If you have never heard this song, there are many versions of it on YouTube, including, versions by such noted artists as Whitney Houston. Sandi Patty’s rendition is close to the version that I remember in the small Baptist churches of my childhood.

White-throated Sparrow

White-throated Sparrow

© Michael Q. Powell. All rights reserved.

Read Full Post »

After a summer of not seeing many spiders, I was thrilled recently to spot this orbweaver spider as it dealt with an unidentified prey that it had captured.

Most of the large spiders that I observe are Black and Yellow Garden spiders (Argiope aurantia), but this one looks different from the ones that I have previously seen, especially in the first image. It may be that I am used to seeing the spider only in the center of her web, as in the second image, or perhaps this is a different spider species.

This was an unusual case for me, because I spotted the spider as I was walking through a field of waist-high vegetation and I was able to get pretty close to the spider and get these shot with my macro lens. Generally, I am forced to photograph spiders like this from a distance (which most people probably think is a good idea anyways).

There are some subjects, like cute birds, that I photograph that I know will have a broad appeal, but past experience has shown me that spiders tend to divide people into two camps—some people are fascinate and think spiders are totally cool, while others are thoroughly creeped out and find spiders to be repulsive.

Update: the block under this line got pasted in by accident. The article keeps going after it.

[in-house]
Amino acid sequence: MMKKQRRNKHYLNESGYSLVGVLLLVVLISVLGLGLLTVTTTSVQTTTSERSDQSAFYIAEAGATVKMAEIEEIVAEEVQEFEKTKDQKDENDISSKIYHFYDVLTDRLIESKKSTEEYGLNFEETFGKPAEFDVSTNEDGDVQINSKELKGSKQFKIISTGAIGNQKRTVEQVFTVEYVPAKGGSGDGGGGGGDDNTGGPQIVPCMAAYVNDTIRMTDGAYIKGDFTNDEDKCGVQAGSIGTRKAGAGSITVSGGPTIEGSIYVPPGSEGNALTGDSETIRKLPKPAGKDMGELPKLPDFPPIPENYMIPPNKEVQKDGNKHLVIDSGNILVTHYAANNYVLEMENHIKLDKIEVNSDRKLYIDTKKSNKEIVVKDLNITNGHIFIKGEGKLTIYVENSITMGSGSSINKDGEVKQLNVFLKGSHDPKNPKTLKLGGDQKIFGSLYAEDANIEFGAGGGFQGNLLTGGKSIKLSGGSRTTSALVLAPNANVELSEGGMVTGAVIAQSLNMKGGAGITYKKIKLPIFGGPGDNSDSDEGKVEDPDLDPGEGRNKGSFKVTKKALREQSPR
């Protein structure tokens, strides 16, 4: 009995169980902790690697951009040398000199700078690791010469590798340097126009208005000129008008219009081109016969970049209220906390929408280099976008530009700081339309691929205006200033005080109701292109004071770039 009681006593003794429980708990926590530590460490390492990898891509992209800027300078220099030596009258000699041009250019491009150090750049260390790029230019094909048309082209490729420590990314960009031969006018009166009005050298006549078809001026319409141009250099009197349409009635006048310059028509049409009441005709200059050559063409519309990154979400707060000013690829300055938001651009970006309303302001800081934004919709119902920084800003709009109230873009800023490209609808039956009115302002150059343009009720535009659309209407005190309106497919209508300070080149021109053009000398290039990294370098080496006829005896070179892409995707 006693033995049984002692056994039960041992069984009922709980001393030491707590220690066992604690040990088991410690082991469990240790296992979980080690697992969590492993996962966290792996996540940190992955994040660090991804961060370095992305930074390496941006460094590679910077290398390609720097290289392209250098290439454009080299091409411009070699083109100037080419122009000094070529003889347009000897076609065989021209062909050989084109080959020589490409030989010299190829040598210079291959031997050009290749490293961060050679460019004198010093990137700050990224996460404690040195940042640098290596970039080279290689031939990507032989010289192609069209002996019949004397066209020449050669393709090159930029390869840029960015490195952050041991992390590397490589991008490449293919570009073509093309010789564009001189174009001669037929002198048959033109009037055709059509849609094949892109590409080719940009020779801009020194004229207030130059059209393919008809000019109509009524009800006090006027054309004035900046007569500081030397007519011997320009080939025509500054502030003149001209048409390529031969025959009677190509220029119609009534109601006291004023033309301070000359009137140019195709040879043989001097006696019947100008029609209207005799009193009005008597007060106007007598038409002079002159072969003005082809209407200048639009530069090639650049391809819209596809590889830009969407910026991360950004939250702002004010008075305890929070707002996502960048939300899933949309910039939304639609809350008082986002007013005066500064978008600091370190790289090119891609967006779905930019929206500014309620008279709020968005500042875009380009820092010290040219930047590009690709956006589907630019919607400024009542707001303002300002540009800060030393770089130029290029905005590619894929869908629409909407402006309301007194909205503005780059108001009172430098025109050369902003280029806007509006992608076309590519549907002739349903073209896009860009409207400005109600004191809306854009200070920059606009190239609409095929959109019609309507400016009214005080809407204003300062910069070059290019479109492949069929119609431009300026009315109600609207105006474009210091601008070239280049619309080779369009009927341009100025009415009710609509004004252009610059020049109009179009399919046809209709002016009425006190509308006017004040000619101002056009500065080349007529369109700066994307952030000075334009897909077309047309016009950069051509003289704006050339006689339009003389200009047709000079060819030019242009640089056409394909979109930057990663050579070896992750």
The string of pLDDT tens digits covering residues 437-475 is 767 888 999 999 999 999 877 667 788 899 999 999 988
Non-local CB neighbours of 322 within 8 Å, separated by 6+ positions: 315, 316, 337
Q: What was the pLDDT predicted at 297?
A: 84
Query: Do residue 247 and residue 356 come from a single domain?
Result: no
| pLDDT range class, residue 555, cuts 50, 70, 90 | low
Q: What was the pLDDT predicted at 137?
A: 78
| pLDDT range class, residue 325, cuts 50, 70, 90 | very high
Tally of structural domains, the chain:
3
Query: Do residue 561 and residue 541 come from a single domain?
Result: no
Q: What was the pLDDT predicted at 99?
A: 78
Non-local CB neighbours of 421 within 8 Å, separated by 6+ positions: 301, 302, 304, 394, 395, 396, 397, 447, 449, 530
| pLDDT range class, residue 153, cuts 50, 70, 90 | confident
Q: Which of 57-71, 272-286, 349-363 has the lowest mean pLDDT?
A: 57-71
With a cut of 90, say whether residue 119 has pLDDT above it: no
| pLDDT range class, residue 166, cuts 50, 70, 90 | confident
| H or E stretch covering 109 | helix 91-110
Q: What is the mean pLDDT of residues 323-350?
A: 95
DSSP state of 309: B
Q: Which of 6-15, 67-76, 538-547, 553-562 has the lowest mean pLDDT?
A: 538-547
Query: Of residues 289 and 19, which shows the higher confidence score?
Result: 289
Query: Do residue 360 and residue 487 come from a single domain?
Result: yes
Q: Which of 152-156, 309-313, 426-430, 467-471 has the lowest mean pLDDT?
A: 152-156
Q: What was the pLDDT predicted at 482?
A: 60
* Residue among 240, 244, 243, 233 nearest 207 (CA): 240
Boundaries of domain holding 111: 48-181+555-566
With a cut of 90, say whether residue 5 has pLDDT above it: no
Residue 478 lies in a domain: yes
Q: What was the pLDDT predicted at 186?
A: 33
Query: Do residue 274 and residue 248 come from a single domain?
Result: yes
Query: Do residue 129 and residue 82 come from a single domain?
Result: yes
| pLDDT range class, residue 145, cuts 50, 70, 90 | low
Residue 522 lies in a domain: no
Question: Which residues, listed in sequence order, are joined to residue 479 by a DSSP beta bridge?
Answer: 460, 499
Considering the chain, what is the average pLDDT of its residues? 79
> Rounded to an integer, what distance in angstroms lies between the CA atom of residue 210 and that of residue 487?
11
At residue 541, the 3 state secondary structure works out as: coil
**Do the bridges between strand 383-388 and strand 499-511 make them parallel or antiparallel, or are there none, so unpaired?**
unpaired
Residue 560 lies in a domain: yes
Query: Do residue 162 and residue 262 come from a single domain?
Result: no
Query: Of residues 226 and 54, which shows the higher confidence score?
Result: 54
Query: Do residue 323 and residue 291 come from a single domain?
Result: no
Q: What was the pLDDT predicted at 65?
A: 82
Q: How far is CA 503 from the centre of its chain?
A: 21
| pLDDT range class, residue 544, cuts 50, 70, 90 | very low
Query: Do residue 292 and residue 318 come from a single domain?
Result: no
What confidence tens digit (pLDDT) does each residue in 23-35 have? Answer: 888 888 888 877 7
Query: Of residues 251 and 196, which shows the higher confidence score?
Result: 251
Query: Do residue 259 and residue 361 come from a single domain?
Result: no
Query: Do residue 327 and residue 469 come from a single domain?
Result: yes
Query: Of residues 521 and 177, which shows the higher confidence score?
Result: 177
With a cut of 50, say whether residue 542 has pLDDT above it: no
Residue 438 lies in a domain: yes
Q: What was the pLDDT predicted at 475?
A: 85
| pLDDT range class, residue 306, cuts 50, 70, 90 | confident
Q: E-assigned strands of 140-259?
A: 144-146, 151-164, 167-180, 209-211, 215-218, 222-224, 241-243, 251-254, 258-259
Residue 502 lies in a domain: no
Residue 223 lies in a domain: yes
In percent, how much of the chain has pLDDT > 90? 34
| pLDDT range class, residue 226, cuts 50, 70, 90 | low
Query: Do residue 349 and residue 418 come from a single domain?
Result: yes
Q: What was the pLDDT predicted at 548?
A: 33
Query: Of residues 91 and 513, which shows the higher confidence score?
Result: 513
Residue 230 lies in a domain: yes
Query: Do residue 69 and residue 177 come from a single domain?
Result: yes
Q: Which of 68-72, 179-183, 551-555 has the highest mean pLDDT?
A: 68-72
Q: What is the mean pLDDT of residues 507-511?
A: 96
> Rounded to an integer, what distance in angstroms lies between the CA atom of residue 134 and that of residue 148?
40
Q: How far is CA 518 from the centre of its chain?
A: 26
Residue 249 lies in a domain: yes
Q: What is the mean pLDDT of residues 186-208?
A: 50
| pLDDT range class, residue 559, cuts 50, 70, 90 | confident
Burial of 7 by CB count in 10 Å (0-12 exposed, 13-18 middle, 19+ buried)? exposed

What do you think about spiders?

orbweaver spider

orbweaver spider

© Michael Q. Powell. All rights reserved.

Read Full Post »

Although it is October, my good friend and fellow photographer Walter Sanford continues to discover new species of damselflies in my favorite marshland park. Check out his posting (and his site) for some awesome images of his newest find.

walter sanford's photoblog

I’m fairly certain I discovered a new species of damselfly at Huntley Meadows Park (HMP): Sweetflag Spreadwing damselfly (Lestes forcipatus).

A Sweetflag Spreadwing damselfly (Lestes forcipatus) spotted at Huntley Meadows Park, Fairfax County, Virginia USA. This individual is a male. 15 OCT 2015 | HMP | Sweetflag Spreadwing (male)

This individual is a male, as indicated by its hamules and terminal appendages.

A Sweetflag Spreadwing damselfly (Lestes forcipatus) spotted at Huntley Meadows Park, Fairfax County, Virginia USA. This individual is a male. 15 OCT 2015 | HMP | Sweetflag Spreadwing (male)

(See a full-size version of the preceding photo, without annotation.)

The hamules are key field markers for differentiating some species of similar-looking damselflies, such as Southern Spreadwing (Lestes australis) and Sweetflag Spreadwing (Lestes forcipatus).

All male damselflies have four terminal appendages, collectively called “claspers.” Male damselfly terminal appendages don’t look exactly the same for all species of damselflies, but their function is identical.

A Sweetflag Spreadwing damselfly (Lestes forcipatus) spotted at Huntley Meadows Park, Fairfax County, Virginia USA. This individual is a male. 15 OCT 2015 | HMP | Sweetflag Spreadwing (male)

(See a full-size version of the preceding photo, without annotation.)

Claspers are used to grab and hold female damselflies…

View original post 352 more words

Read Full Post »

In the early light of the dawn, I captured this solitary Great Blue Heron (Ardea herodias) in deep reflection, contemplating the start of a new day.